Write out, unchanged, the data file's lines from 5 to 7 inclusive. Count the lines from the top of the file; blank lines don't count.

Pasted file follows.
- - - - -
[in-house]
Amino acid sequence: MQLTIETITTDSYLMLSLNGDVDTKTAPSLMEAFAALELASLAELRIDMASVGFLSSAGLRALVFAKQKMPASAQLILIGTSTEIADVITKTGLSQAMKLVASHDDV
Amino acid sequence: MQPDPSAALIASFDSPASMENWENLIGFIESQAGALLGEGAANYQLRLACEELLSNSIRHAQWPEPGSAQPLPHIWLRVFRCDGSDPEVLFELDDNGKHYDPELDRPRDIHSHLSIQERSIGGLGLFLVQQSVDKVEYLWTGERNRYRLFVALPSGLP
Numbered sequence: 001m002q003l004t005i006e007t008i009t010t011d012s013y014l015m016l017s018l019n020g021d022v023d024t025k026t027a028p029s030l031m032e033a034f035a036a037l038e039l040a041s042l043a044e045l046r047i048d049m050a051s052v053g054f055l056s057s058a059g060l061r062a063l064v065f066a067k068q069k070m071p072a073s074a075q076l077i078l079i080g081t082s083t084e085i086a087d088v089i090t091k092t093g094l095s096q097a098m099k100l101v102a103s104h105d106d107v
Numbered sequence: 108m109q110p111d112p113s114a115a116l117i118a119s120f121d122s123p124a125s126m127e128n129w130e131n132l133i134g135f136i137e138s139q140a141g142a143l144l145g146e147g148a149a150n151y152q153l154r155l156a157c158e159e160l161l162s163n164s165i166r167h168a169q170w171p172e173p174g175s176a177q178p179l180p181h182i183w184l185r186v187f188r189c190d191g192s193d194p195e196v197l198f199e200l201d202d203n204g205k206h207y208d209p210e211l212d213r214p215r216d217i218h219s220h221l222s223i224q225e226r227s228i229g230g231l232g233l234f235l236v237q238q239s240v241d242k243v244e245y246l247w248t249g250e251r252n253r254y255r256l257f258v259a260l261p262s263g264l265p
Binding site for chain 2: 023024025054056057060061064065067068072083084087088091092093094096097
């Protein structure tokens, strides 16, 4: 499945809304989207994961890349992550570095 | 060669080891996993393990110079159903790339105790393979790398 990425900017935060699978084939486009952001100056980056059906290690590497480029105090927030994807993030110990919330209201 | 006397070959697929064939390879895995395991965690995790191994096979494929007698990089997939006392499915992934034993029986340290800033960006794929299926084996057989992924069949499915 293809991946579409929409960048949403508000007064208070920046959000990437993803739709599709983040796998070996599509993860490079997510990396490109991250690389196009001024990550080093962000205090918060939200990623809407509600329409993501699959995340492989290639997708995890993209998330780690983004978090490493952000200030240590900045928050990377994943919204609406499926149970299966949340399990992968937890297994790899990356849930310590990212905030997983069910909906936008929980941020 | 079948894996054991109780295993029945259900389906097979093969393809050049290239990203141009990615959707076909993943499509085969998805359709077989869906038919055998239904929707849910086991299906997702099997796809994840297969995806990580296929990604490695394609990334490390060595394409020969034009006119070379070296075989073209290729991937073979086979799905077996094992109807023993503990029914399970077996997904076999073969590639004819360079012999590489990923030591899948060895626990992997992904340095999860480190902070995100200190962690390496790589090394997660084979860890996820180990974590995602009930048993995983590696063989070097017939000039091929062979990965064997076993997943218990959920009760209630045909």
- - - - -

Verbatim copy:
Numbered sequence: 108m109q110p111d112p113s114a115a116l117i118a119s120f121d122s123p124a125s126m127e128n129w130e131n132l133i134g135f136i137e138s139q140a141g142a143l144l145g146e147g148a149a150n151y152q153l154r155l156a157c158e159e160l161l162s163n164s165i166r167h168a169q170w171p172e173p174g175s176a177q178p179l180p181h182i183w184l185r186v187f188r189c190d191g192s193d194p195e196v197l198f199e200l201d202d203n204g205k206h207y208d209p210e211l212d213r214p215r216d217i218h219s220h221l222s223i224q225e226r227s228i229g230g231l232g233l234f235l236v237q238q239s240v241d242k243v244e245y246l247w248t249g250e251r252n253r254y255r256l257f258v259a260l261p262s263g264l265p
Binding site for chain 2: 023024025054056057060061064065067068072083084087088091092093094096097
């Protein structure tokens, strides 16, 4: 499945809304989207994961890349992550570095 | 060669080891996993393990110079159903790339105790393979790398 990425900017935060699978084939486009952001100056980056059906290690590497480029105090927030994807993030110990919330209201 | 006397070959697929064939390879895995395991965690995790191994096979494929007698990089997939006392499915992934034993029986340290800033960006794929299926084996057989992924069949499915 293809991946579409929409960048949403508000007064208070920046959000990437993803739709599709983040796998070996599509993860490079997510990396490109991250690389196009001024990550080093962000205090918060939200990623809407509600329409993501699959995340492989290639997708995890993209998330780690983004978090490493952000200030240590900045928050990377994943919204609406499926149970299966949340399990992968937890297994790899990356849930310590990212905030997983069910909906936008929980941020 | 079948894996054991109780295993029945259900389906097979093969393809050049290239990203141009990615959707076909993943499509085969998805359709077989869906038919055998239904929707849910086991299906997702099997796809994840297969995806990580296929990604490695394609990334490390060595394409020969034009006119070379070296075989073209290729991937073979086979799905077996094992109807023993503990029914399970077996997904076999073969590639004819360079012999590489990923030591899948060895626990992997992904340095999860480190902070995100200190962690390496790589090394997660084979860890996820180990974590995602009930048993995983590696063989070097017939000039091929062979990965064997076993997943218990959920009760209630045909």